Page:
What the kids ("young people") don't know, is that an errant bolt of lightening has created a computer malfunction in the Park Plaza Mall's newly installed state-of-the-art security system: it causes the mall's three heavily armored, heavily armed security robots to go on a murderous rampage throughout the mall. The robots are way too good at their job, first killing off all of the technicians and janitors working overnight in the mall, and then turning their attentions on the eight libidinous youths partying in one of the stores where they work.

"Chopping Mall" was directed and co-written by Jim Wynorski, and surprisingly he's able to maintain a tight grip on the story once the mayhem starts. His actors were all well-chosen. While it would be impossible to not bash the movie for abiding by the standards of mid-'80s horror flicks (sexdrugs = death, virgin survives, etc. - thanks, Randy, in "Scream," for clearing that up for us one last time), the eight youths at the center of "Chopping Mall" are not stupid, and are actually quite proactive in their attempts at self-preservation, and they do come up with some innovative ways to try to survive the night's events - even if their plans do not always succeed in the end.

This last part is something that the characters in "Chopping Mall" can be commended for, as well as offering some kudos to Jim Wynorski for coming up with an above-average mid-'80s horror flick where the youths at the center of the carnage are not always running about screaming their heads off and doing stupid things to get themselves killed.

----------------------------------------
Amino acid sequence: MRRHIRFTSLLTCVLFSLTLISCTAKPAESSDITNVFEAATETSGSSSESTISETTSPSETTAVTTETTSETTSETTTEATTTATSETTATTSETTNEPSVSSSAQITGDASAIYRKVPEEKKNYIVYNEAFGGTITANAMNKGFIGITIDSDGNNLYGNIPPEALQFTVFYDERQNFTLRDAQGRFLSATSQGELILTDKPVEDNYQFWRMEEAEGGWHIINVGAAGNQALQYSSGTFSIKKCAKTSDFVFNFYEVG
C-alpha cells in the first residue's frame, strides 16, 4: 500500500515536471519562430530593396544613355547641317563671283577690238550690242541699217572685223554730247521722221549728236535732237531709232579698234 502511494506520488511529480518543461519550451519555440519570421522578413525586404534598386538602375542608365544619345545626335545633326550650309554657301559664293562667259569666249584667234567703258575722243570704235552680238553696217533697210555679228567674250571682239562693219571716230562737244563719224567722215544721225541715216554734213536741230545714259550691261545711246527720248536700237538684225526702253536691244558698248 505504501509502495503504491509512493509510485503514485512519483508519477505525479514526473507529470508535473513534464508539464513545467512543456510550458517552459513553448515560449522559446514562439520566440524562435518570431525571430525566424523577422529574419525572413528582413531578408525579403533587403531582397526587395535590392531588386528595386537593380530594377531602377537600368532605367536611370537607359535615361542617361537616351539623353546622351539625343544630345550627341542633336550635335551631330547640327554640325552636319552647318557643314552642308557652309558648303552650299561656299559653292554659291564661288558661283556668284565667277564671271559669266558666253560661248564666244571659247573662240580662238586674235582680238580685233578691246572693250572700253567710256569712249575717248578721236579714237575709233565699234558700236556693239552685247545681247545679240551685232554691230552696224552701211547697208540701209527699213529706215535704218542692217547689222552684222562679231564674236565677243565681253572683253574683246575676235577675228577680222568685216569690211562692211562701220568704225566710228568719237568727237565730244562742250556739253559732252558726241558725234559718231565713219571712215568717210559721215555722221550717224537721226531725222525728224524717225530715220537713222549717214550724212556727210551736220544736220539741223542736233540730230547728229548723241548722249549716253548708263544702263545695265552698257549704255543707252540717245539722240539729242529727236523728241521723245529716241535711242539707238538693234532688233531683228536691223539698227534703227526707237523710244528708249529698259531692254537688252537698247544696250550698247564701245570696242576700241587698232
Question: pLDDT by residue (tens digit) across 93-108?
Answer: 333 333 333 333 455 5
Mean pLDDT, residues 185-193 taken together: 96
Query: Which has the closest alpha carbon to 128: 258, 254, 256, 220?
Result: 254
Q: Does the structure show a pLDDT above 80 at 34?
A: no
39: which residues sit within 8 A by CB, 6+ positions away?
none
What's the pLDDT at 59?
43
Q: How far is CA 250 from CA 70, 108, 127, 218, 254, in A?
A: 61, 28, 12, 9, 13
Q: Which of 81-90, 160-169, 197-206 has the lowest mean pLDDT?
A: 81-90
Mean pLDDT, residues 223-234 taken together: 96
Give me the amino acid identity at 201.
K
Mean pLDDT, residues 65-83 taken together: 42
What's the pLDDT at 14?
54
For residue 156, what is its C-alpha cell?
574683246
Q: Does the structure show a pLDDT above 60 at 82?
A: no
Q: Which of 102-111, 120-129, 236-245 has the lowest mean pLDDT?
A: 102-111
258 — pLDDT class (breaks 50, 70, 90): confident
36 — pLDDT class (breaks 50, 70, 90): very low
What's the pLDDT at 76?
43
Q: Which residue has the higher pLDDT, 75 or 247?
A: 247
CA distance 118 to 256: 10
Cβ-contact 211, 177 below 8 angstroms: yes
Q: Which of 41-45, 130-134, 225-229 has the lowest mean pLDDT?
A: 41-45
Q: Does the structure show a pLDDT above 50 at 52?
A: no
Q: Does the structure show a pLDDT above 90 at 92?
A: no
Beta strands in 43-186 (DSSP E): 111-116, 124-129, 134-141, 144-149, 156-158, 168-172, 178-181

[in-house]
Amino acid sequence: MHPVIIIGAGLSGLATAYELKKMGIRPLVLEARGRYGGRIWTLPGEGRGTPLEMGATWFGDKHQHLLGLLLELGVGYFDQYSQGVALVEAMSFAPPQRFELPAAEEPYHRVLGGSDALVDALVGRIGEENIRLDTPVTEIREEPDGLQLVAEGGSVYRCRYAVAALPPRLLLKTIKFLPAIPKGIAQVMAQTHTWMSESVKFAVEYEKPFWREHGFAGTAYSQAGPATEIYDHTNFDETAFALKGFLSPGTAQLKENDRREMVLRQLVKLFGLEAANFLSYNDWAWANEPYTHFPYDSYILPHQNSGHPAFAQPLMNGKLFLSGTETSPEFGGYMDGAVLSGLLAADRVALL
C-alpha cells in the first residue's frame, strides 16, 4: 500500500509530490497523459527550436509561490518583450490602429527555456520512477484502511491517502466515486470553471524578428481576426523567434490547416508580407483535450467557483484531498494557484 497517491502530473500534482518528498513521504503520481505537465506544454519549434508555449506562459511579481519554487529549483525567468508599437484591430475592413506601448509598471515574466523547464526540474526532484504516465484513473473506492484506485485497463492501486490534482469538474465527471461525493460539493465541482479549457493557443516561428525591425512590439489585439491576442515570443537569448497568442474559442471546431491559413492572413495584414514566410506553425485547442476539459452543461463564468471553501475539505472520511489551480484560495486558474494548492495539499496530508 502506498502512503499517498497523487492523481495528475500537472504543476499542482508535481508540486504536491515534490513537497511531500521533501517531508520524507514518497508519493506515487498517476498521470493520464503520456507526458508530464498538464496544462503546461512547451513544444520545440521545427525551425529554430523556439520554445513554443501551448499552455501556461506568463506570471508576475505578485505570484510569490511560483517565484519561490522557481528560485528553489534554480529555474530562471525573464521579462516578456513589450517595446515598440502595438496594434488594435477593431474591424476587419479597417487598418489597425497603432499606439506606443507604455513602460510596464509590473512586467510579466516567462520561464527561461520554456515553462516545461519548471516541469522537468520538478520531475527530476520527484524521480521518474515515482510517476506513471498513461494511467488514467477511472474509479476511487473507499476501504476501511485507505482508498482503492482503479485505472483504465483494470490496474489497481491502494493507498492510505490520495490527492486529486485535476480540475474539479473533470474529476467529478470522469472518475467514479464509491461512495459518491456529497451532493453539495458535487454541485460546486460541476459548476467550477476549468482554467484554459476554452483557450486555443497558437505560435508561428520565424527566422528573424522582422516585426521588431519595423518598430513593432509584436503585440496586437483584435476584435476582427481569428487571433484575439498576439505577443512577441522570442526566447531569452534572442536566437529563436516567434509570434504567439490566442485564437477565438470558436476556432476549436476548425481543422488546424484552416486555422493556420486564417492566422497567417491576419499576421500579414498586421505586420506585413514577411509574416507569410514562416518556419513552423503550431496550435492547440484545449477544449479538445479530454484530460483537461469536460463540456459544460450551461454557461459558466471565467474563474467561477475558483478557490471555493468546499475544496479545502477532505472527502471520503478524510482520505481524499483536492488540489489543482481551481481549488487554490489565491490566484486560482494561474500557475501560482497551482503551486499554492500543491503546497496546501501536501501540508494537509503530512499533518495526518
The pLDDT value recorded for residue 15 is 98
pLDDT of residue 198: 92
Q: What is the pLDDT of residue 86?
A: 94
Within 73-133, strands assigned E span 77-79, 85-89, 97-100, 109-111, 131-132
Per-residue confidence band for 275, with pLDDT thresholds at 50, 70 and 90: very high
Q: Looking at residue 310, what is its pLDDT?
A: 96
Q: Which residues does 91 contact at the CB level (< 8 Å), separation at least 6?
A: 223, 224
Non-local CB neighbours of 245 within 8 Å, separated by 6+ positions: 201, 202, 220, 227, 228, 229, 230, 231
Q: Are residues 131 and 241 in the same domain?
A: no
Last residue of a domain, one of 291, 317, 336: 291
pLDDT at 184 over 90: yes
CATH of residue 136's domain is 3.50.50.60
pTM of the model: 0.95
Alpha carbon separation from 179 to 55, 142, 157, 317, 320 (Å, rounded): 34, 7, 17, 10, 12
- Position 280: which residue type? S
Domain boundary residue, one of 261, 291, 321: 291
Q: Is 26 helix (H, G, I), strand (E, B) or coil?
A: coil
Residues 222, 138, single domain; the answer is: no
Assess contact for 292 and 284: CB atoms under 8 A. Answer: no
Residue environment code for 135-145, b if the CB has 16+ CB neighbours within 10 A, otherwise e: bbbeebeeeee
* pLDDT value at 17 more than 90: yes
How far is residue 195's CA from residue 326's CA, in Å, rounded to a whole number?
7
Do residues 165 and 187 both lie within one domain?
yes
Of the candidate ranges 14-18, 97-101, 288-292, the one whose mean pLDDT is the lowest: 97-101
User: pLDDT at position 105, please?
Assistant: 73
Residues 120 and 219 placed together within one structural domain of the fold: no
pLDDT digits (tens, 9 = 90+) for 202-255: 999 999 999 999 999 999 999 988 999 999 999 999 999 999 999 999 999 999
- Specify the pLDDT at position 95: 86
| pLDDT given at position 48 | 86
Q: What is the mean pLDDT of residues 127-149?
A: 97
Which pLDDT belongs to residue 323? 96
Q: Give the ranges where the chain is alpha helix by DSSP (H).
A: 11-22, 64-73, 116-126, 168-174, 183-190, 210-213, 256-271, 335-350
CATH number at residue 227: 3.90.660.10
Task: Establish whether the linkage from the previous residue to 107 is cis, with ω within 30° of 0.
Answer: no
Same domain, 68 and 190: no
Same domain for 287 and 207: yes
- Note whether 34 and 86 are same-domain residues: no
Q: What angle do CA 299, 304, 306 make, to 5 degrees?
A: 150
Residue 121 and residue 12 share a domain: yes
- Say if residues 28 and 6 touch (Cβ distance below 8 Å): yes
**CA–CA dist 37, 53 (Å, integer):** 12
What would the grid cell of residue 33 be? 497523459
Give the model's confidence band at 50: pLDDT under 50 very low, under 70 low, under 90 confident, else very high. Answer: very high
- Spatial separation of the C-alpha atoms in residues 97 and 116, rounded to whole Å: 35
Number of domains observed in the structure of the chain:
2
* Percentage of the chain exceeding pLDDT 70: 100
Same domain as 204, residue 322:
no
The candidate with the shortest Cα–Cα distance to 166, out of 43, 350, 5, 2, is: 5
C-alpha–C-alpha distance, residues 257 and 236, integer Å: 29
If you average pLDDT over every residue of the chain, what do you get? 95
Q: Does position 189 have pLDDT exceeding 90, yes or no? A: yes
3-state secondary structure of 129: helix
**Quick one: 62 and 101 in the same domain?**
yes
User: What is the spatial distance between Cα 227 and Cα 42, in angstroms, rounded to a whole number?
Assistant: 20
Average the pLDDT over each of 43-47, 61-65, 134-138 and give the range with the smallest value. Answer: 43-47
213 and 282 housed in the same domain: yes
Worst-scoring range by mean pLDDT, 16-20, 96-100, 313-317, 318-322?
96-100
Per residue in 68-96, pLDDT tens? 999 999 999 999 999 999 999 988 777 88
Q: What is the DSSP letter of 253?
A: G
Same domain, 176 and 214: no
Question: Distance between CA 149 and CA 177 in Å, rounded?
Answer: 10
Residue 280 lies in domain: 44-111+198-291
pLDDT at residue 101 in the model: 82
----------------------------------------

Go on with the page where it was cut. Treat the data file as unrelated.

And yes, some of the deaths here are quite ingenious, including a sequence early in the film where a girl loses her head - literally - at the laser beams (!) of one of the malfunctioning killer robots. It's my understanding that this particular death - and the special effects employed in it to make it work - is the most memorable special effects achievement in "Chopping Mall"; I'll admit that this was an image that has remained in my mind ever since I first saw this movie when I was a kid, and was one of my most eagerly anticipated sequences in this picture.

"Chopping Mall" is not a great film by any stretch of the imagination, and with a running time of a brisk 76 minutes, it does feel too short, even rushed - but this is something that may have been necessitated by its extremely low budget. But in spite of that, "Chopping Mall" is well-acted and occasionally very suspenseful, and lastly I believe it is an excellent choice to watch as part of a late Friday- or Saturday-night "B"-movie fright flick line-up.


.: "Chopping Mall" was recently released as part of Vestron Video's Blu-ray DVD "Collector's Series" (which is how I was able to watch the film).

Review by dee.reid from the Internet Movie Database.


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Mar 20 2016, 12:47